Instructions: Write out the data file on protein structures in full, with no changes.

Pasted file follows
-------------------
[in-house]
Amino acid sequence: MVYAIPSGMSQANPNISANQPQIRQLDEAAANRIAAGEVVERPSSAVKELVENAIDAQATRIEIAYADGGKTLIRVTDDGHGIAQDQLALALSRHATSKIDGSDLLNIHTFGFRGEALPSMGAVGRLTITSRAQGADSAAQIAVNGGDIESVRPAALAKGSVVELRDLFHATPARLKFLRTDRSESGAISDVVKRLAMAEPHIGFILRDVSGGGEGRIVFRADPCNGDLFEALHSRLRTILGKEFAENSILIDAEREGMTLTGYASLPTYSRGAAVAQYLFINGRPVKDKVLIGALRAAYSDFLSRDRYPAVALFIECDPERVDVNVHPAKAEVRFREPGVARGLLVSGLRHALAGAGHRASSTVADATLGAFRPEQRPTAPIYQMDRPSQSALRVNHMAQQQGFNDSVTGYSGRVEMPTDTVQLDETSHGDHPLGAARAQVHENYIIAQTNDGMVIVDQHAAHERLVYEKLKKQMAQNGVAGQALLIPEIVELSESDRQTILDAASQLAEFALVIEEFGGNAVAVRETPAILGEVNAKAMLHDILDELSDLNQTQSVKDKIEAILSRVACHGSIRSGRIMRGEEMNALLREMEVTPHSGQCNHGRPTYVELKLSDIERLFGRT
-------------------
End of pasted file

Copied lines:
[in-house]
Amino acid sequence: MVYAIPSGMSQANPNISANQPQIRQLDEAAANRIAAGEVVERPSSAVKELVENAIDAQATRIEIAYADGGKTLIRVTDDGHGIAQDQLALALSRHATSKIDGSDLLNIHTFGFRGEALPSMGAVGRLTITSRAQGADSAAQIAVNGGDIESVRPAALAKGSVVELRDLFHATPARLKFLRTDRSESGAISDVVKRLAMAEPHIGFILRDVSGGGEGRIVFRADPCNGDLFEALHSRLRTILGKEFAENSILIDAEREGMTLTGYASLPTYSRGAAVAQYLFINGRPVKDKVLIGALRAAYSDFLSRDRYPAVALFIECDPERVDVNVHPAKAEVRFREPGVARGLLVSGLRHALAGAGHRASSTVADATLGAFRPEQRPTAPIYQMDRPSQSALRVNHMAQQQGFNDSVTGYSGRVEMPTDTVQLDETSHGDHPLGAARAQVHENYIIAQTNDGMVIVDQHAAHERLVYEKLKKQMAQNGVAGQALLIPEIVELSESDRQTILDAASQLAEFALVIEEFGGNAVAVRETPAILGEVNAKAMLHDILDELSDLNQTQSVKDKIEAILSRVACHGSIRSGRIMRGEEMNALLREMEVTPHSGQCNHGRPTYVELKLSDIERLFGRT